By Jason Graham-Nye
Co-founder and CEO of gDiapers
YPO member since 2011
They say that we are really only very good at one, maximum two things in this life. We could be blessed with great programming skills or product design, branding or financial wizardry. For those with that one particular skill along with a vision for an innovative, new approach plus the courage to actually act on the urge to launch a new venture, there is a very common and very crucial missing link. It can sometimes be addressed with a co-founder, but even two founders can be found wanting in this most important part of the business. I speak of culture.
While one, two, or three founders can come together over a laptop at a local café, devise a whole new mousetrap, quit their jobs and launch, it is very rare that the topic of culture and team come to mind.
Some attempt to pause and think about vision and mission, but there is typically a sprint to just build the product and go to market. There may be some work on identifying the best people to poach from elsewhere, but that’s not culture. That’s just thievery.
No, what I speak of is the deliberate act of creating a culture from the very beginning. What does that mean? It means establishing from day one how a company hires, fires, runs meetings, reviews performance, manages conflict and makes decisions. It is meaty. And it is vital.
Culture versus strategy
As Peter Drucker famously said: “Culture eats strategy for breakfast”. The very best strategy can be swiftly thwarted by a maladjusted culture. Many a founder has woken up three years in asking themselves “what just happened?” as they see their enterprise unravel — not because of a lack of sales, poor product, limited resources or a recession. Rather, it is the captain and crew on the boat that has failed, despite a world-class vessel.
A great example is Tony Hseih, CEO of Zappos.com, the online shoe company. Note that he doesn’t describe Zappos in that way. According to Hsieh, Zappos is a company centred on culture and happiness. 95% of his team are call centre operators, speaking with customers about their orders. You couldn’t find a more challenging environment to find enlightened culture and yet Hseih has done just that, creating a high-functioning work culture from the very first day in 1999 — well before Amazon acquired them in 2009.
What drove Hsieh to be so people centred? It was driven by a truly awful experience at an earlier start-up. Prior to Zappos, he launched a highly successful business, Link Exchange, that was ultimately acquired by Microsoft in 1998, for USD$265 million. It wasn’t until revenues had hit USD$100 million that Hseih realised just how broken the culture was and by then it was too late. He was so uninspired by the company that he himself had started, he could barely get out of bed. And so like all our life experiences, he took the lessons and applied them to his next idea. That’s what he did at Zappos. Seventeen years in, and now as a division of Amazon, Hseih continues to tweak the culture. Last year he famously introduced self-management in the form of Holocracy. He offered the entire company a financial incentive to leave if they didn’t want to be a part of this new approach. Only 10% took the offer. Regardless of whether you agree with self-management or not, the point is the founder is being intentional about the culture. And that is pretty rare. Like an untended garden, weeds can grow in any culture and soon engulf what was a beautiful space.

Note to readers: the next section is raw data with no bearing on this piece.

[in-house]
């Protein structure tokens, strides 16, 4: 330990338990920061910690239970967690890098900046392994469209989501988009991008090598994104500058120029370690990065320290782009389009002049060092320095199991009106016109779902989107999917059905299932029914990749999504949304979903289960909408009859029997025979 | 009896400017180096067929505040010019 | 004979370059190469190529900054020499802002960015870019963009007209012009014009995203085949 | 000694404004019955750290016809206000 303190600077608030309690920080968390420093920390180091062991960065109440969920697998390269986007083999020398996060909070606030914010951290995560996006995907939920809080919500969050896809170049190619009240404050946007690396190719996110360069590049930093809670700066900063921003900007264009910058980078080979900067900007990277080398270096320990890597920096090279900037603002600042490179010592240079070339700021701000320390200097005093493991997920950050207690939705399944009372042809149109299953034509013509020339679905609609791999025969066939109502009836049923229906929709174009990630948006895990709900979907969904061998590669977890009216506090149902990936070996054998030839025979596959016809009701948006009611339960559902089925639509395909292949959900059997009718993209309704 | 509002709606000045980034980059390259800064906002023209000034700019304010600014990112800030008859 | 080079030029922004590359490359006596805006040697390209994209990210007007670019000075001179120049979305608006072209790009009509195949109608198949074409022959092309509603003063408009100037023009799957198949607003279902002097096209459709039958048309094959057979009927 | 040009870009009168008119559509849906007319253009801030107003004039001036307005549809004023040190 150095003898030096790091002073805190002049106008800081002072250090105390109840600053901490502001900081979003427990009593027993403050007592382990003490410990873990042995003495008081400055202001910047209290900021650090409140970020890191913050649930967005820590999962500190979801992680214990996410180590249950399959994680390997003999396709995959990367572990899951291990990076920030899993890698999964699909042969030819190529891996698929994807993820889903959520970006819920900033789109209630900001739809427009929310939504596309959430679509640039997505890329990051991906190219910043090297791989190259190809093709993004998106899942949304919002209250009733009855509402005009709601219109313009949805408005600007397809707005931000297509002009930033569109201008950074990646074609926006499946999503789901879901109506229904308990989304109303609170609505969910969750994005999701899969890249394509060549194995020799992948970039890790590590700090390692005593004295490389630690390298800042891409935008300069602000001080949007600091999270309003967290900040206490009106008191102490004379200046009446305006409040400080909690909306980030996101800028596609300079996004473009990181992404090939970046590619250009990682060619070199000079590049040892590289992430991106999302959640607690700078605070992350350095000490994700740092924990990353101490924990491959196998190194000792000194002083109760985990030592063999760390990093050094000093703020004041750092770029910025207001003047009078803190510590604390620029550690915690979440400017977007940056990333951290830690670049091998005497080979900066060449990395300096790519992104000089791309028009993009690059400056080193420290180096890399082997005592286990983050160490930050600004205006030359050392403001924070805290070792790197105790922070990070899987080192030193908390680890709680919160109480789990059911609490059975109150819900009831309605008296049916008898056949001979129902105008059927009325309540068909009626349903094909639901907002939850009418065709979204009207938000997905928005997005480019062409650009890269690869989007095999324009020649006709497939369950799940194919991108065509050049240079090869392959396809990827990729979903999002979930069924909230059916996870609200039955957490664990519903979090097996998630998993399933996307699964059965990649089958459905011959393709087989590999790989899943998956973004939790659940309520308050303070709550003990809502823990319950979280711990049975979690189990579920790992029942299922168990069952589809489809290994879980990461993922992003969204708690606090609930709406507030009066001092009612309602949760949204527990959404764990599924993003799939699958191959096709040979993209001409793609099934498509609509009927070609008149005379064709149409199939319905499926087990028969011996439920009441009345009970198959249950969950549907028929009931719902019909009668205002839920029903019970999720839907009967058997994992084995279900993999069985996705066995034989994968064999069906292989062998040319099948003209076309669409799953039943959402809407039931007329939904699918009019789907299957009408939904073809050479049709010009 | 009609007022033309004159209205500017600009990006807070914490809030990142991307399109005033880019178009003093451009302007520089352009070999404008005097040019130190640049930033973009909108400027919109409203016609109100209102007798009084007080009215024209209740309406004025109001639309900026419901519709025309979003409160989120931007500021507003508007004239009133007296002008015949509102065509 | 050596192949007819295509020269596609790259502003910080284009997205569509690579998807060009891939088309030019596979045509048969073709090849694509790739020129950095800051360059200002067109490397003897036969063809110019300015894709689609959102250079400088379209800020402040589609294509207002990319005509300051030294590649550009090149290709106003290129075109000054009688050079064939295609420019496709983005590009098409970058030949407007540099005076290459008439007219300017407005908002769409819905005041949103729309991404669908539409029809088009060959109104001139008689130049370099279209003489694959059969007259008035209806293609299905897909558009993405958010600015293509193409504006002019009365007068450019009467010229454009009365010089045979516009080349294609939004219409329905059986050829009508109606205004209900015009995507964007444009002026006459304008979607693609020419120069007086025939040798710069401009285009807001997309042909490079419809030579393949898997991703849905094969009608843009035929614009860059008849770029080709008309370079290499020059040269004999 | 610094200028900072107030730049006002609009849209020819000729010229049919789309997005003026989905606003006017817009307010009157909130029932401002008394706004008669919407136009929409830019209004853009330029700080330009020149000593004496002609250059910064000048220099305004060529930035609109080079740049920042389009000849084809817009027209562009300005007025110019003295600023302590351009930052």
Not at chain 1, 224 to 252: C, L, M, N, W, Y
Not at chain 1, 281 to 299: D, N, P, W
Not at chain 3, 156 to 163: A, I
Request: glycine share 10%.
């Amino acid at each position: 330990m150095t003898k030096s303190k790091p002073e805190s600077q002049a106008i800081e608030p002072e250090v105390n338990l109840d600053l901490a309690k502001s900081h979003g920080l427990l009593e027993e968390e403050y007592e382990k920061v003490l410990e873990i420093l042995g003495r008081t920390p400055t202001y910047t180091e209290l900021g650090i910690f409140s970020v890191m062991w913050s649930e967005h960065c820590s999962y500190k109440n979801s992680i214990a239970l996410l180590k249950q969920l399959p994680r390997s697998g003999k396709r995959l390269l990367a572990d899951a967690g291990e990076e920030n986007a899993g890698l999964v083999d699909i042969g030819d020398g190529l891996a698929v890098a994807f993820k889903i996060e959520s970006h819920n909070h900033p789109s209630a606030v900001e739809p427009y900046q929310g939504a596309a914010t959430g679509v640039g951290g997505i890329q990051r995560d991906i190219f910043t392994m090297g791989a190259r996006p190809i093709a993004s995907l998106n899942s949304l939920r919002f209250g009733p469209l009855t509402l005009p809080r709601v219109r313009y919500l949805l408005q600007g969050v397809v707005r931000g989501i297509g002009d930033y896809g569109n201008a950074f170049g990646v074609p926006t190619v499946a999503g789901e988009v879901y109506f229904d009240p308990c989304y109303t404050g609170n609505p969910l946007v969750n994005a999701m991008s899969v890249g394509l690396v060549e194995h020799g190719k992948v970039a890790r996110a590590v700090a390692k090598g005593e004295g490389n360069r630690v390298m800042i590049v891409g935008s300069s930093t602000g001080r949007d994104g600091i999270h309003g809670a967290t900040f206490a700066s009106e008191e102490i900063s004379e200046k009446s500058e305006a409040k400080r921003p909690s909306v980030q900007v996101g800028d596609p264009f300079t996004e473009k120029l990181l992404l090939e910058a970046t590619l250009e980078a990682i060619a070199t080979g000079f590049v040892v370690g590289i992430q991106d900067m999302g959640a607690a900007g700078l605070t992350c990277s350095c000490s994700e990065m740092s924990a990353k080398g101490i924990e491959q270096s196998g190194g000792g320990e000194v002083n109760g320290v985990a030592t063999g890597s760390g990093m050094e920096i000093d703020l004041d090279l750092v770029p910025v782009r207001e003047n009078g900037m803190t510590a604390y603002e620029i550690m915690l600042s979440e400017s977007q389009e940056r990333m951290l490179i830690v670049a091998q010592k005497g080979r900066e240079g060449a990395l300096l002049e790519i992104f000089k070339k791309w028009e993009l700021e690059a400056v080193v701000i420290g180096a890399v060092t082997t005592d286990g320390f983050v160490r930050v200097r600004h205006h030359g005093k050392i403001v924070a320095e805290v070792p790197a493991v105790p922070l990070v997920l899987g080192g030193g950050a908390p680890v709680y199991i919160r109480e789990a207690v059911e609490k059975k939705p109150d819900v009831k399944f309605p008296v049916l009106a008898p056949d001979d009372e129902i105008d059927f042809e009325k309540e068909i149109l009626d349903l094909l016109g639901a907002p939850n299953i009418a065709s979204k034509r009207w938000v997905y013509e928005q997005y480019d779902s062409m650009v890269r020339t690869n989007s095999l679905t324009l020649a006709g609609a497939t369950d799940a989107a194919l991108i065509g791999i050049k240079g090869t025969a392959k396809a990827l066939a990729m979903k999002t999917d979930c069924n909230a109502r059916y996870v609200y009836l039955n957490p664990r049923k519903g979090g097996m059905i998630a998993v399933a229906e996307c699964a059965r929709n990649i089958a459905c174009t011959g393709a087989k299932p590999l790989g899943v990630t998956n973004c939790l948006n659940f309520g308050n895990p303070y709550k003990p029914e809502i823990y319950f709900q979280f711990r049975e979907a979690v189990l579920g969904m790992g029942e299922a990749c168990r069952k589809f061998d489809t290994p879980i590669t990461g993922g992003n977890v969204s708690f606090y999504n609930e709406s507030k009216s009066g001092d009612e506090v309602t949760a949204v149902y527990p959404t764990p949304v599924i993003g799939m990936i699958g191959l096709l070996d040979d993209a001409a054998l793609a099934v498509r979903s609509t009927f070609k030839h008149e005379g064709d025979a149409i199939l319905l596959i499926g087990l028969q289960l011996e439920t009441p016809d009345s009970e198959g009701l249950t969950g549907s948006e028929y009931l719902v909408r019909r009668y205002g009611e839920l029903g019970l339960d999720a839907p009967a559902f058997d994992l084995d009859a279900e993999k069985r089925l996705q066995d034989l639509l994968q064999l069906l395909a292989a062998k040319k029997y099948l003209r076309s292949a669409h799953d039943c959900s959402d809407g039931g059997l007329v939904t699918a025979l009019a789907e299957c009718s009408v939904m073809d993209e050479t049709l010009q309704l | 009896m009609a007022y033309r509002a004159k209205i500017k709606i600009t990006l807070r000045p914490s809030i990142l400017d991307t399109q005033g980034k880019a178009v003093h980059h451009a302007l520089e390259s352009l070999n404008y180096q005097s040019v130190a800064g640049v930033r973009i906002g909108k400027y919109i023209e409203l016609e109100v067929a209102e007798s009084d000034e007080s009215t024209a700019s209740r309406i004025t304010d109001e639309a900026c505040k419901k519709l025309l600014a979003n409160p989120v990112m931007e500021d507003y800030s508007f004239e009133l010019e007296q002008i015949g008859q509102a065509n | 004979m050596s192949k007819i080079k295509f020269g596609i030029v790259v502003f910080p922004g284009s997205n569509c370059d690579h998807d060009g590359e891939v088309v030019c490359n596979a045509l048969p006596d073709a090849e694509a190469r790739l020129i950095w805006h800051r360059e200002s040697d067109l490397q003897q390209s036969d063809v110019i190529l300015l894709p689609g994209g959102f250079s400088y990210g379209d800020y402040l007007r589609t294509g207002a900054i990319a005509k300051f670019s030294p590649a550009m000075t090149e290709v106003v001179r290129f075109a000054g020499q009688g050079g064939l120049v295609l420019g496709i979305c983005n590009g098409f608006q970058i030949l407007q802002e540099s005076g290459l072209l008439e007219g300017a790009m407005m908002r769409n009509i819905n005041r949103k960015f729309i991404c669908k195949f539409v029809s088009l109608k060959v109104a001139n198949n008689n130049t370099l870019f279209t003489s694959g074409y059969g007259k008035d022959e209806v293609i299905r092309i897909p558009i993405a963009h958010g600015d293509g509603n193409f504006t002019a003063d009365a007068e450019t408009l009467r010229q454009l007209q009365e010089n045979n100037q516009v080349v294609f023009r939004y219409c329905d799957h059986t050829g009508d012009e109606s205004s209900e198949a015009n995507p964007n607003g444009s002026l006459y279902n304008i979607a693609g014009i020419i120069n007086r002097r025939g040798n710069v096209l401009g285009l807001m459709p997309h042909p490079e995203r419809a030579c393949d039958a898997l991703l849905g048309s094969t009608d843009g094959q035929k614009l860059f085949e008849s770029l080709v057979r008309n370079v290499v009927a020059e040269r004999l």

If you can’t do it, find someone who can
If you are a founder who sees the need but doesn’t have the skills to develop a great culture from your first hire on, hire a chief culture officer. This isn’t a human resources manager. This is someone who can work with you to co-create a high-functioning, adaptive culture. They may be a consultant and only engaged for the first three months of the life of the company, but their impact is crucial. If you choose to have them full time, they are incredibly valuable as a sounding board on people issues.
Regardless of what business you are in, from the geekiest gaming app to a consumer product, from financial services to retail, we are all in the people business. And it’s not the people “out there”. Those are your customers. Before you can get to them, you need to start internally: it all starts with the people in the building. Your people. Your team. Your job is to find them, inspire them, establish a culture within which they can thrive in, grow in, move up or move on and succeed personally and professionally. Because when your team succeeds, you succeed and when you succeed, your company succeeds. It’s that easy and that difficult. Start by hiring a chief culture officer.
This article first published on The CEO Magazine.